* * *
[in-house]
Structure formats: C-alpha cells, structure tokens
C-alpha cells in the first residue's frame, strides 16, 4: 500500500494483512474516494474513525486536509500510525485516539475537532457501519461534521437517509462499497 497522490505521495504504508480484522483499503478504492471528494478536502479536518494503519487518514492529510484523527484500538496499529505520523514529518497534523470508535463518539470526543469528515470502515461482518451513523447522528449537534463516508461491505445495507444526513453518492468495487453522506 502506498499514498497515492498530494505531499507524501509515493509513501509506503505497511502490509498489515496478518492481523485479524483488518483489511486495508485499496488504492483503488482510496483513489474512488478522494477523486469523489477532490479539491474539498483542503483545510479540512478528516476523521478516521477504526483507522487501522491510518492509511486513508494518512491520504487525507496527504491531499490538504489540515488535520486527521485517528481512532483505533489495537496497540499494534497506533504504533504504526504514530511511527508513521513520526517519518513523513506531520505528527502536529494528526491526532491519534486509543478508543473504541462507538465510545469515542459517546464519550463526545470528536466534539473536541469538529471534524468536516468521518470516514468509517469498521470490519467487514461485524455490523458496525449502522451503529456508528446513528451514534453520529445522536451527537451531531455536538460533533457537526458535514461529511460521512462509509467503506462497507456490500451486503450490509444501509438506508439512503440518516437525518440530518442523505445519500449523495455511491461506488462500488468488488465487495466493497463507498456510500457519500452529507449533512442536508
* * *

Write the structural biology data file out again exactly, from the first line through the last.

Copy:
[in-house]
Structure formats: C-alpha cells, structure tokens
C-alpha cells in the first residue's frame, strides 16, 4: 500500500494483512474516494474513525486536509500510525485516539475537532457501519461534521437517509462499497 497522490505521495504504508480484522483499503478504492471528494478536502479536518494503519487518514492529510484523527484500538496499529505520523514529518497534523470508535463518539470526543469528515470502515461482518451513523447522528449537534463516508461491505445495507444526513453518492468495487453522506 502506498499514498497515492498530494505531499507524501509515493509513501509506503505497511502490509498489515496478518492481523485479524483488518483489511486495508485499496488504492483503488482510496483513489474512488478522494477523486469523489477532490479539491474539498483542503483545510479540512478528516476523521478516521477504526483507522487501522491510518492509511486513508494518512491520504487525507496527504491531499490538504489540515488535520486527521485517528481512532483505533489495537496497540499494534497506533504504533504504526504514530511511527508513521513520526517519518513523513506531520505528527502536529494528526491526532491519534486509543478508543473504541462507538465510545469515542459517546464519550463526545470528536466534539473536541469538529471534524468536516468521518470516514468509517469498521470490519467487514461485524455490523458496525449502522451503529456508528446513528451514534453520529445522536451527537451531531455536538460533533457537526458535514461529511460521512462509509467503506462497507456490500451486503450490509444501509438506508439512503440518516437525518440530518442523505445519500449523495455511491461506488462500488468488488465487495466493497463507498456510500457519500452529507449533512442536508